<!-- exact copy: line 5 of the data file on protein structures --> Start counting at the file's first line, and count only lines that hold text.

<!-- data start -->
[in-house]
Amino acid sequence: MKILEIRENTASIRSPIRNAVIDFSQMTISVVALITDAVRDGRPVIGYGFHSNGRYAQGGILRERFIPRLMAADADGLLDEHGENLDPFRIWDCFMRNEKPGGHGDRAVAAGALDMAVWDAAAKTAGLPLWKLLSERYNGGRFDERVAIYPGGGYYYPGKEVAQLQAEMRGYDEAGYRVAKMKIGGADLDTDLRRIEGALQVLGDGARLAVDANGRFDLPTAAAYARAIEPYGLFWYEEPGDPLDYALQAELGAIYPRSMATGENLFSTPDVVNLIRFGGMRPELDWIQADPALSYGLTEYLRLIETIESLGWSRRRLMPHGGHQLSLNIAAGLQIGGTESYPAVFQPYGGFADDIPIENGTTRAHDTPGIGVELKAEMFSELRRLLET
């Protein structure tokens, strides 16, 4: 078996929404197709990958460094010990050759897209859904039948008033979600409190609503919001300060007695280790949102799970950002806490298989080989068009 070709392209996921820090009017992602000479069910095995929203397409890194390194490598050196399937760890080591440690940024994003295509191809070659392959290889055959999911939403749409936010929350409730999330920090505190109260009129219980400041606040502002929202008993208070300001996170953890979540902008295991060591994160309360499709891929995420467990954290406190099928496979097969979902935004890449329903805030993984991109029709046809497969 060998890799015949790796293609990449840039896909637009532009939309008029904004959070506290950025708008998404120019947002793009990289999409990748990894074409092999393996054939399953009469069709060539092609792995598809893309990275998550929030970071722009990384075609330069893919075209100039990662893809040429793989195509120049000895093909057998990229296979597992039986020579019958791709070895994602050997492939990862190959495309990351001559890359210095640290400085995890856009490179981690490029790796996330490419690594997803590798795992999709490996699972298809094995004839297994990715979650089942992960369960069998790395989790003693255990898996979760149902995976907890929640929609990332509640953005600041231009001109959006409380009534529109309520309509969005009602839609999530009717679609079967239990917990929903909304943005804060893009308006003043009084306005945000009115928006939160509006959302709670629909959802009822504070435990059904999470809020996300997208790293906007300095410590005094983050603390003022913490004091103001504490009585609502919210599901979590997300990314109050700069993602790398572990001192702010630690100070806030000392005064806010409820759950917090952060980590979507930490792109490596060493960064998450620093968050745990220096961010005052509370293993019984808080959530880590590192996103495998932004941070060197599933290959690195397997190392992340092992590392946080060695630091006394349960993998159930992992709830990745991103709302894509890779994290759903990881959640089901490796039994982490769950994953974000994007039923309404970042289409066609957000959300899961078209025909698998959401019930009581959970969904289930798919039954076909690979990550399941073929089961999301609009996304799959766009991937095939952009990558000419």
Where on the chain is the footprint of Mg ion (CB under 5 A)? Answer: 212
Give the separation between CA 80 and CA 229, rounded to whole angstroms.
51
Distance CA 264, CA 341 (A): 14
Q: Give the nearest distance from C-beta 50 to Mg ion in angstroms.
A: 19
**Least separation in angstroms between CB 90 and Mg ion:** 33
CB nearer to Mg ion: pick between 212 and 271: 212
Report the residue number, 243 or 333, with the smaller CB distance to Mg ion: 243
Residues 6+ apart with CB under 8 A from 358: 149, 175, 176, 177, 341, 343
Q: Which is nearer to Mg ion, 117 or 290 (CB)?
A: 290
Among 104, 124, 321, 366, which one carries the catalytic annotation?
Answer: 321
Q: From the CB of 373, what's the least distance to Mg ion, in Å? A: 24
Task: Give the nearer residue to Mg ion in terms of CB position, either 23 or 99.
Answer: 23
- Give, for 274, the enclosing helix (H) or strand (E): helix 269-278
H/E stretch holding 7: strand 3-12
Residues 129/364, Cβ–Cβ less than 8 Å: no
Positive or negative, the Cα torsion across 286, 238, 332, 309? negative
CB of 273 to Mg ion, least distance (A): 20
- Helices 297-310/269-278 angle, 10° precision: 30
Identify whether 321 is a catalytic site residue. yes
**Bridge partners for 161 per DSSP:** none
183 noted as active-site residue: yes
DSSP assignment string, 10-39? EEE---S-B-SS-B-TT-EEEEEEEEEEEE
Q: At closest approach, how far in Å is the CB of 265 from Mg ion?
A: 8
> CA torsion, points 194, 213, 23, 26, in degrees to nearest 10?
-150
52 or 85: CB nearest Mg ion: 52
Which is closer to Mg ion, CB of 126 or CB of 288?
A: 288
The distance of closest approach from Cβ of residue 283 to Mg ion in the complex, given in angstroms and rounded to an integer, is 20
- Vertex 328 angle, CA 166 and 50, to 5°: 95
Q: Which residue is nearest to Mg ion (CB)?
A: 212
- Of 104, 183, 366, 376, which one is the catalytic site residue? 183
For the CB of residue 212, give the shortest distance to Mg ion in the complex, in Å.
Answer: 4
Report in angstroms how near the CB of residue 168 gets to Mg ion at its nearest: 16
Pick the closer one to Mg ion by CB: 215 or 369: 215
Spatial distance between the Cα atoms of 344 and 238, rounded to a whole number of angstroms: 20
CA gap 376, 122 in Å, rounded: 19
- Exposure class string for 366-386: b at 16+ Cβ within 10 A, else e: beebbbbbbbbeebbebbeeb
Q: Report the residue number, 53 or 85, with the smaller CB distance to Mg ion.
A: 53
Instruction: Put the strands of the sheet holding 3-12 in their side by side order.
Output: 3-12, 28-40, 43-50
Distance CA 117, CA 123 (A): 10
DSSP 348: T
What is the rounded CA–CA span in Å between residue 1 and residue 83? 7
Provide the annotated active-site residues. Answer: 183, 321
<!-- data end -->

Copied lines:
Give the separation between CA 80 and CA 229, rounded to whole angstroms.